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we should lose much if Congreve and Wycherly were thrown on the fire. It is fortunate that few females read Mrs. Behn; filth on a woman's lips shocks us infinitely more than filth on the lips of a man. No woman can utter a "gaudriole” and keep her soul feminine : she becomes a raving and sexless Atys. When we come to Swift we find a heap of coarse stuff, both in prose and verse; but is it immoral ? As the bitter outpouring of a strangely little spirit, it is disagreeable, but it is real-if we except some of the worthless pieces and the worst portions of Gulliver. The descriptions in the latter part of Gulliver are immoral, because they are obviously insincere, and are therefore loathsome and injurious.

For critics should insist upon the fact that literature is meant to minister to our finer mental needs through the medium of pleasurable sensation. I do not think it possible to over-rate the moral benefit to be gained by the frequent contemplation of beautiful and ennobling literature. But La Fontaine, as has been suggested, can awaken the sentiment of beauty—in his own way, in his own degree. On the other hand, the moral injury we receive, from the contemplation of things degrading and not beautiful, is also inestimable. In reading books it is easy to notice broad unrealities and indecencies, but very difficult indeed to recognise the poison coated with clean white diction. Mr. Tennyson might write a poem to-morrow which would be essentially immoral, and yet very hard to detect. In point of fact, being a man of genius, he would not do so, but if the thing were done, not many would be awake to it. It requires an occult judgment nowadays to find out immoral books.

If an Englishman of to-day were to write like Catullus or Herrick, or to tell such tales as “La Berceau ” of La Fontaine, or the Carpenter's Wife of Chaucer, we should hound him from our libraries ; and justly ; because no Englishman, in the presence of our civilisation, with the advantage of our decisive finalities as to the decencies of language, could say to his conscience, “I have a right to say these things; I believe in them with all my faculties of belief; my heart is in them, and I am sure that I understand them clearly.” Our danger just now does not lie in that direction. There is no danger of our writers indulging in indecencies. Whatever our private life may be, our literature is singularly alive to the proprieties. As our culture has grown, as our ideas of decorum have narrowed, the immorality of books has been more and more disguised,—indeed, 80 well is it disguised at this time, that the writers themselves often fancy they are mixing up aperients, not doses of wormwood. It is difficult to distinguish between harmless ether and Scheele's preparation. A shower of immoral books pours out yearly; many of them are read by religious societies and praised by Bishops, and by far the larger number of them find favour with Mr. Mudie.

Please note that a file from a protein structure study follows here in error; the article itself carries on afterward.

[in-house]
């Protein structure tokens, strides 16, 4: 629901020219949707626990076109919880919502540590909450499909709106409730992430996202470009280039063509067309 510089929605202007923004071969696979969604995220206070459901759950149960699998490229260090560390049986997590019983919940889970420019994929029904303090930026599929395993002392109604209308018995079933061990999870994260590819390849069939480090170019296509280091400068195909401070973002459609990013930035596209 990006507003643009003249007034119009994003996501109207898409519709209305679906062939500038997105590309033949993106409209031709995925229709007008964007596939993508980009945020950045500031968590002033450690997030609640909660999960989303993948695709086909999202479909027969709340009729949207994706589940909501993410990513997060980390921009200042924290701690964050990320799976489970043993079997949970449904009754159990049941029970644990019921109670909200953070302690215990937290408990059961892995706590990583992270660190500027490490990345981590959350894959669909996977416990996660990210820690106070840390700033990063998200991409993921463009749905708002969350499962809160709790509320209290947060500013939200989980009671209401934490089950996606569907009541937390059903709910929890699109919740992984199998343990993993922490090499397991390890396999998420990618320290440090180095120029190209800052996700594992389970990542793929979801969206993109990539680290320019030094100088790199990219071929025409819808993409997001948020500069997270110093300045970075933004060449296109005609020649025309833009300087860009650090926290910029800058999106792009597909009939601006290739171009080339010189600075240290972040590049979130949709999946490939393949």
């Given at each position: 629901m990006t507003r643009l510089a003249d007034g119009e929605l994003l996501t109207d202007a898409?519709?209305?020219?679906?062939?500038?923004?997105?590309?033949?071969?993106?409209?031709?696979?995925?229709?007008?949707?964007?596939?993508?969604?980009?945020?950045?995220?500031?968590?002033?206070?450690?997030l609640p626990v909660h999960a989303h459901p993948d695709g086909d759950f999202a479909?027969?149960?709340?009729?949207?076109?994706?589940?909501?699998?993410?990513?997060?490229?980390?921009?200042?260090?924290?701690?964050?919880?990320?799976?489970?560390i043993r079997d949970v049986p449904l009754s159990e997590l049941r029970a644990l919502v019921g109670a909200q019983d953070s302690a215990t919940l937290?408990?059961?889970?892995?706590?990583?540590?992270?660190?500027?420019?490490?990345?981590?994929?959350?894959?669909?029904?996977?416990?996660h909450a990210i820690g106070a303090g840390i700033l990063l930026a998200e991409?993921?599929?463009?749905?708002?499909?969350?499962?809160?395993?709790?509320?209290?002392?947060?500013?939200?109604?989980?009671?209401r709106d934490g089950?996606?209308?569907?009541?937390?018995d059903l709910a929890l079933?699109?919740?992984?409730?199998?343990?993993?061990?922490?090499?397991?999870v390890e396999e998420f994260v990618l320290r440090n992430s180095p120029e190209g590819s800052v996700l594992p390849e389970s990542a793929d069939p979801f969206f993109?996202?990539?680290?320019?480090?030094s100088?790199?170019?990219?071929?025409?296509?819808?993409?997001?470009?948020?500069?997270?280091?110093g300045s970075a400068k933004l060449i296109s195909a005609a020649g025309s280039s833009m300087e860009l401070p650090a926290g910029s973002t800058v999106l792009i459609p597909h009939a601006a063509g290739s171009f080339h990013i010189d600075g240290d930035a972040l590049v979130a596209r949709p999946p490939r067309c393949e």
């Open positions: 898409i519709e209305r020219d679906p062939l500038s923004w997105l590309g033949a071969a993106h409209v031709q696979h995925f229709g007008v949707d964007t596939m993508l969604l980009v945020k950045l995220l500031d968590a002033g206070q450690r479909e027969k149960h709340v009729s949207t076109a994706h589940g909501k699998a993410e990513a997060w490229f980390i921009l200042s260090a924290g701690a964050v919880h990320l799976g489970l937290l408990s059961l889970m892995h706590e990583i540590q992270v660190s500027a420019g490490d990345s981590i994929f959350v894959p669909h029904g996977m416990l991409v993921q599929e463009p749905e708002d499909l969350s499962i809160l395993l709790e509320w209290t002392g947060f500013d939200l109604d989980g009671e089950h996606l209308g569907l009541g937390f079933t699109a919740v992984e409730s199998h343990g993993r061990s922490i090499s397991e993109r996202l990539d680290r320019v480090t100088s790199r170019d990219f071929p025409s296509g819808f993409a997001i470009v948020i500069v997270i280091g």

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A new public has arisen, created by new schools of writers; and nowadays one must be careful how he throws out a hard truth, lest he hit the fretful head of the British matron. The immorality is of a different kind, but it works quite as perniciously in its own sphere as the immorality of modern French writers of the avowedly immoral school.